Parshas Beshalach 5778
In this week’s Parsha, we read about the miracle that Hashem performed for the Jewish people by enabling them to cross the sea on dry earth. As this was happening, the Egyptians, who were pursuing the Jewish people, also tried to enter into the sea. For the Egyptians, the water came down and they drowned. The Gemara in Megillah tells us that the Angels wanted to sing praise to Hashem, but He responded “My creations are drowning in the sea, and you want to sing My praises!” The Maharsha questions how the Jewish people were able to sing praises to Hashem after they crossed the sea if the Angels’ request to sing was denied. It doesn’t seem that Hashem was upset about the song the Jewish people sung- only the song that the Angels wanted to sing.
The Maharsha explains that there is a distinction between what the Jewish people did and what the Angels wanted to do. The Angels were not involved in the miracle; they just wanted to sing praise to recognize the strength of Hashem. To this, Hashem responded that He didn’t want praise for using His strength to destroy His creations. The Jewish people, however, experienced the miracle and, therefore, had an obligation to recognize the miracle, and the tremendous good Hashem had done for them.
Reb Eliya Baruch Finkel points out that even with this approach there is still a question that needs to be answered. The Beis Yosef explains that we don’t say full Hallel on the seventh day of Pesach for this very reason that this was the day the Egyptians drowned in the sea. The Beis Yosef continues that the Jewish people who experienced the miracle were able to sing praise as they had to thank Hashem. We, on the other hand, didn’t experience the miracle and, therefore, are similar to the Angels who are not allowed to sing Hashem’s praise for this event. Rabbi Finkel’s question is that if this is true, why are we able to say full Hallel on the first night of Pesach when we are celebrating the downfall of Egypt? Didn’t many Egyptians die during the plague of the first born?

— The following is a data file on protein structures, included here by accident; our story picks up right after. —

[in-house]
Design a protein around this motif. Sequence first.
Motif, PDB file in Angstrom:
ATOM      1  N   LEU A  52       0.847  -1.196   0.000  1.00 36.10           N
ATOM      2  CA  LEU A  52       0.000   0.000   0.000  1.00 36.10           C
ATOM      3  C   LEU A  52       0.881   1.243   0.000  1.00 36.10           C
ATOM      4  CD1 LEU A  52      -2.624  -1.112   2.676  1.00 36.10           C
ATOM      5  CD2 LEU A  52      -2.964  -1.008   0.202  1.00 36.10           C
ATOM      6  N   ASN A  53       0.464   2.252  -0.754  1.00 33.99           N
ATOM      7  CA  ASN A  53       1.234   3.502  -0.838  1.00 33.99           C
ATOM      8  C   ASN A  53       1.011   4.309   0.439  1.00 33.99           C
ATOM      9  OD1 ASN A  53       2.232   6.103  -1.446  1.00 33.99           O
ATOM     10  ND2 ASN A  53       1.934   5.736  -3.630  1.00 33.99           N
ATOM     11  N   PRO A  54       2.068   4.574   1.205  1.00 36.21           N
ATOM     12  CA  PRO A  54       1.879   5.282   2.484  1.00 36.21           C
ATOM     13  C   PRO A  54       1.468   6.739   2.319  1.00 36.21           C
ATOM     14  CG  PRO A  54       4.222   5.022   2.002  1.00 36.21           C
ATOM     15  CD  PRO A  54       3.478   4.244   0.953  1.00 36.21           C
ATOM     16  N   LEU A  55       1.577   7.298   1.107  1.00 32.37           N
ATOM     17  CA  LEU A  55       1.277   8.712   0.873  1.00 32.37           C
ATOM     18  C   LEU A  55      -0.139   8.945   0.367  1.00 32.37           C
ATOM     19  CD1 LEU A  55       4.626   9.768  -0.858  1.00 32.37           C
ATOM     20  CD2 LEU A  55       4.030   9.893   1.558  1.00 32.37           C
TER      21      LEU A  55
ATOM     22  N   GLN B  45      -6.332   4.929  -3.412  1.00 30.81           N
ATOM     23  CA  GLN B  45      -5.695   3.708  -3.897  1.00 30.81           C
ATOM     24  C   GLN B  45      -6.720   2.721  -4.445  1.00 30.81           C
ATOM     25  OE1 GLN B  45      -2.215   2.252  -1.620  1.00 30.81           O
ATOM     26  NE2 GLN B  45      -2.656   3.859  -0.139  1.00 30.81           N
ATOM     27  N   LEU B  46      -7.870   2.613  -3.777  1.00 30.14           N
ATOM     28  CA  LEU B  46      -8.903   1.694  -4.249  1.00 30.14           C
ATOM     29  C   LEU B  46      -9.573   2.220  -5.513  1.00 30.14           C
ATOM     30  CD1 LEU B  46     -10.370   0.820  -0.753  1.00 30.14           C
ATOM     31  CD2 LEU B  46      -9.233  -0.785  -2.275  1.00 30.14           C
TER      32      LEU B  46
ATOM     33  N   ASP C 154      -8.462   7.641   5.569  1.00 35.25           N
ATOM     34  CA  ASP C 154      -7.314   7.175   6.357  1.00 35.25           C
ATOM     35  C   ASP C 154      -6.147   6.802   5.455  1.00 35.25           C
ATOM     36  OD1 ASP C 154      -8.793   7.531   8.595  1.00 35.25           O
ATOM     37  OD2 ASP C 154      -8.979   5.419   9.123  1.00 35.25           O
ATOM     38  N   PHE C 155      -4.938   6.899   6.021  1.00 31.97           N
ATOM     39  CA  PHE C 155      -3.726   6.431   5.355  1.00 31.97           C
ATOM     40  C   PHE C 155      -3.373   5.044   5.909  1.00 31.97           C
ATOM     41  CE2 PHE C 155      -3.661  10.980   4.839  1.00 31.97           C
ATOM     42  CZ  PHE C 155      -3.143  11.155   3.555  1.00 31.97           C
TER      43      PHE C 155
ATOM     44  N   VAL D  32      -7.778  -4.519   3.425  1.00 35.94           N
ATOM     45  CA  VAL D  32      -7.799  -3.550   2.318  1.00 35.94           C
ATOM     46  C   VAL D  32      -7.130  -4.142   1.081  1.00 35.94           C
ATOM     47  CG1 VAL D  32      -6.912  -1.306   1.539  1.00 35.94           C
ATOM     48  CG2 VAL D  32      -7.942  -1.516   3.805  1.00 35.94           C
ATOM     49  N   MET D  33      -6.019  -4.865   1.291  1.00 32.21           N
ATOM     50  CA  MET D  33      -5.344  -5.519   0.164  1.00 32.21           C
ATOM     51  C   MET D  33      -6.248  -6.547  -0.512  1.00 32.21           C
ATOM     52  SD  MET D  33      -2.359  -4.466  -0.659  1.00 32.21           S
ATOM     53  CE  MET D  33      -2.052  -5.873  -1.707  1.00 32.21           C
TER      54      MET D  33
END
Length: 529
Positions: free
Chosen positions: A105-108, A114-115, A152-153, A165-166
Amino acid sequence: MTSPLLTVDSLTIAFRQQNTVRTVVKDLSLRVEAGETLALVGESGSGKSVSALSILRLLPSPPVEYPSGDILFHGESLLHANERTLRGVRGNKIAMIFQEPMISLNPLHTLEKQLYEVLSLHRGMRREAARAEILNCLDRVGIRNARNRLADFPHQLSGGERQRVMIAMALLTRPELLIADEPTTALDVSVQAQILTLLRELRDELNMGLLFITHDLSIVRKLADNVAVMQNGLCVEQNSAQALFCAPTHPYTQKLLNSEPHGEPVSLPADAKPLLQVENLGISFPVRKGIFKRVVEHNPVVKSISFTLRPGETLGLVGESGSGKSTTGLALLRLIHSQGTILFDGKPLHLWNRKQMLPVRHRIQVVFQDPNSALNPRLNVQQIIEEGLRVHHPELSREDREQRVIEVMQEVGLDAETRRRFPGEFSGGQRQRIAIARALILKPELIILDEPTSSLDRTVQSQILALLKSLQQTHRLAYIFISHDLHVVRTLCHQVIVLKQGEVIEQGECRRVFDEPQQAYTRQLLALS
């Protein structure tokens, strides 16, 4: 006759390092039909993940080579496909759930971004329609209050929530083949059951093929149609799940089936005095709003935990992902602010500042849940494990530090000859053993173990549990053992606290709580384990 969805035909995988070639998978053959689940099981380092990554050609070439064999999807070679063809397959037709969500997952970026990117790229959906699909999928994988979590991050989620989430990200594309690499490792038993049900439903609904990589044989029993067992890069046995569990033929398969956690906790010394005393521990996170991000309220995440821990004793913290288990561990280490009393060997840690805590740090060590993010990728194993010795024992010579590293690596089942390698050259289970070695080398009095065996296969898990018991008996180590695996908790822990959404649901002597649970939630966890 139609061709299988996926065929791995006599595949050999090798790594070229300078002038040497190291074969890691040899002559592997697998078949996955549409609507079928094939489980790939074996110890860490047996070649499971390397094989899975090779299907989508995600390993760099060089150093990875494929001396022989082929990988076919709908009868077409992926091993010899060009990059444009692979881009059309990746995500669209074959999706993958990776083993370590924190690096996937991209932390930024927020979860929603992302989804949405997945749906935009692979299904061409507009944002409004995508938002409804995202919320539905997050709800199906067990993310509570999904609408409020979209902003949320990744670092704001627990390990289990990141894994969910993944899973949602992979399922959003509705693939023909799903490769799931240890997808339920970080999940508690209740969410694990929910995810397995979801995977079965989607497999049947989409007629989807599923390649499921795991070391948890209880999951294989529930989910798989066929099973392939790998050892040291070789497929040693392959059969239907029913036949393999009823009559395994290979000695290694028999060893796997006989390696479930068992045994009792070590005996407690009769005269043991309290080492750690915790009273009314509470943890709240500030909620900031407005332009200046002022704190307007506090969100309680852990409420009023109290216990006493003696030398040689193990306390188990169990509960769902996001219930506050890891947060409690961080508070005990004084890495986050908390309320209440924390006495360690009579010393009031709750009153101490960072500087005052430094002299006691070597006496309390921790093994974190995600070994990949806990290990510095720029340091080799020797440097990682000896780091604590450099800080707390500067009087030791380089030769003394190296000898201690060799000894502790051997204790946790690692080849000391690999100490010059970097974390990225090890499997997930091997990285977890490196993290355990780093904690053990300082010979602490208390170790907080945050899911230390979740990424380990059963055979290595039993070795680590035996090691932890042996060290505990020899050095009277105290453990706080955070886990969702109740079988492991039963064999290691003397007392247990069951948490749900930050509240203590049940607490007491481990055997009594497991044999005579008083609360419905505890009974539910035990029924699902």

Rabbi Finkel explains that there is a difference between the first and seventh day. On the night of the Seder, the first night of Pesach, we are supposed to feel as if we ourselves went out of Egypt, and were saved from the harsh decrees of Pharaoh. Therefore, we also have an obligation to thank Hashem for the miracle because this happened to us, as well. The seventh day does not have the same concept, and, therefore, praising Hashem for miracles would be similar to the Angels’ song, praise from those who didn’t personally experience the miracle.
We should learn from these concepts our obligation to recognize miracles, and to thank Hashem for the miracles that we personally experience.